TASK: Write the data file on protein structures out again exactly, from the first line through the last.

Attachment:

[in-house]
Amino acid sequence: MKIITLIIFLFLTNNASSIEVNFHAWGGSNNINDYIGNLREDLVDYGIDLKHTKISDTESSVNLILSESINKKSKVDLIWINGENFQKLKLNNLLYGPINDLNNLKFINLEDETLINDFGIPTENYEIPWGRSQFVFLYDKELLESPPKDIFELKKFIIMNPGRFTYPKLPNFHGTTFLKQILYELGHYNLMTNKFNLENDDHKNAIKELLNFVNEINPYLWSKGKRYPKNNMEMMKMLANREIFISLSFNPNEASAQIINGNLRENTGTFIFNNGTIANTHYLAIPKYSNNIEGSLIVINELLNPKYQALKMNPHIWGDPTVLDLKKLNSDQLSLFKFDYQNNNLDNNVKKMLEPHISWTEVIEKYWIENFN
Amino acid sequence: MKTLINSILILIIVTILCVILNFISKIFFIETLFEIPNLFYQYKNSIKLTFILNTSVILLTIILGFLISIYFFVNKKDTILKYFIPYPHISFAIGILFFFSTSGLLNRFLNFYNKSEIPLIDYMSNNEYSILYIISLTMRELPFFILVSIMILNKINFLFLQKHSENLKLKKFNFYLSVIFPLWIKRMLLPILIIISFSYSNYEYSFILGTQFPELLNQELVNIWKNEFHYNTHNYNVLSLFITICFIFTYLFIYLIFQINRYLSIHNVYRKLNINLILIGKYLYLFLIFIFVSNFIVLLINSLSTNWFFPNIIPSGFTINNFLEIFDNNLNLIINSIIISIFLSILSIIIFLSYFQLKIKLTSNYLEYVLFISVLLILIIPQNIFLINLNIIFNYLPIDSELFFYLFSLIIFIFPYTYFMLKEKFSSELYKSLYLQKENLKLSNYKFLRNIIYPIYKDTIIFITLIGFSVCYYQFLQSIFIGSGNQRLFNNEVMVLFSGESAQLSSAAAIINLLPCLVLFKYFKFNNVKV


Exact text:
[in-house]
Amino acid sequence: MKIITLIIFLFLTNNASSIEVNFHAWGGSNNINDYIGNLREDLVDYGIDLKHTKISDTESSVNLILSESINKKSKVDLIWINGENFQKLKLNNLLYGPINDLNNLKFINLEDETLINDFGIPTENYEIPWGRSQFVFLYDKELLESPPKDIFELKKFIIMNPGRFTYPKLPNFHGTTFLKQILYELGHYNLMTNKFNLENDDHKNAIKELLNFVNEINPYLWSKGKRYPKNNMEMMKMLANREIFISLSFNPNEASAQIINGNLRENTGTFIFNNGTIANTHYLAIPKYSNNIEGSLIVINELLNPKYQALKMNPHIWGDPTVLDLKKLNSDQLSLFKFDYQNNNLDNNVKKMLEPHISWTEVIEKYWIENFN
Amino acid sequence: MKTLINSILILIIVTILCVILNFISKIFFIETLFEIPNLFYQYKNSIKLTFILNTSVILLTIILGFLISIYFFVNKKDTILKYFIPYPHISFAIGILFFFSTSGLLNRFLNFYNKSEIPLIDYMSNNEYSILYIISLTMRELPFFILVSIMILNKINFLFLQKHSENLKLKKFNFYLSVIFPLWIKRMLLPILIIISFSYSNYEYSFILGTQFPELLNQELVNIWKNEFHYNTHNYNVLSLFITICFIFTYLFIYLIFQINRYLSIHNVYRKLNINLILIGKYLYLFLIFIFVSNFIVLLINSLSTNWFFPNIIPSGFTINNFLEIFDNNLNLIINSIIISIFLSILSIIIFLSYFQLKIKLTSNYLEYVLFISVLLILIIPQNIFLINLNIIFNYLPIDSELFFYLFSLIIFIFPYTYFMLKEKFSSELYKSLYLQKENLKLSNYKFLRNIIYPIYKDTIIFITLIGFSVCYYQFLQSIFIGSGNQRLFNNEVMVLFSGESAQLSSAAAIINLLPCLVLFKYFKFNNVKV